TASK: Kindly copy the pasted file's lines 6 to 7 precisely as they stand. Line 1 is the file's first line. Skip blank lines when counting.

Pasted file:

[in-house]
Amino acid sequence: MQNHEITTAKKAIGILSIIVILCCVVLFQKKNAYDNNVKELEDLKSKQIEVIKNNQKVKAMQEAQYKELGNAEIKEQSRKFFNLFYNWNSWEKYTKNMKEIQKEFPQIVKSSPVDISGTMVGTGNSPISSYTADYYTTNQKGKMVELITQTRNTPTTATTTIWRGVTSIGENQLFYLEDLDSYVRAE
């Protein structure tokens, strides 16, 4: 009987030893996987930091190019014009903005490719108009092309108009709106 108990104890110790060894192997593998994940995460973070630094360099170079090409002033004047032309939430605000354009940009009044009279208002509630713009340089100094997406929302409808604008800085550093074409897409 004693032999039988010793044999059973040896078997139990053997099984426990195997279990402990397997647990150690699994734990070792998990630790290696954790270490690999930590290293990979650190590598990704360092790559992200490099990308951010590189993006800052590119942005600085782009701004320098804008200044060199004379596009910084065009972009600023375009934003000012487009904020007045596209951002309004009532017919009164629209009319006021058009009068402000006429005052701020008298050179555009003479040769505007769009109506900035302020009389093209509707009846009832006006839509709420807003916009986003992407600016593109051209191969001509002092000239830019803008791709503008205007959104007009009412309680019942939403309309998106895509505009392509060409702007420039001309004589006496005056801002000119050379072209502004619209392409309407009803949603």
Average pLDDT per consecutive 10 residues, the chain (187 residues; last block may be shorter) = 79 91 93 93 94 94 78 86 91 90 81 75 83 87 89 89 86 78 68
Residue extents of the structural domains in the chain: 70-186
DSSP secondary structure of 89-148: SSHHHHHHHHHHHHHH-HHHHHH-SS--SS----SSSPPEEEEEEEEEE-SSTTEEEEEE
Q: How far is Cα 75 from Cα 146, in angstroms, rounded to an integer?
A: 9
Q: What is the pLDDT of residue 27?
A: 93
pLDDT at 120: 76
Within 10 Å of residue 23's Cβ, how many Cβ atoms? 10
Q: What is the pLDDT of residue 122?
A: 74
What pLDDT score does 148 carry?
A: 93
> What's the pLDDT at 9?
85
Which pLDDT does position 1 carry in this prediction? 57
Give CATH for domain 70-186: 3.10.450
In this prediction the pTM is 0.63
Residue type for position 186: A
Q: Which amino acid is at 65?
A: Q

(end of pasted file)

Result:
DSSP secondary structure of 89-148: SSHHHHHHHHHHHHHH-HHHHHH-SS--SS----SSSPPEEEEEEEEEE-SSTTEEEEEE
Q: How far is Cα 75 from Cα 146, in angstroms, rounded to an integer?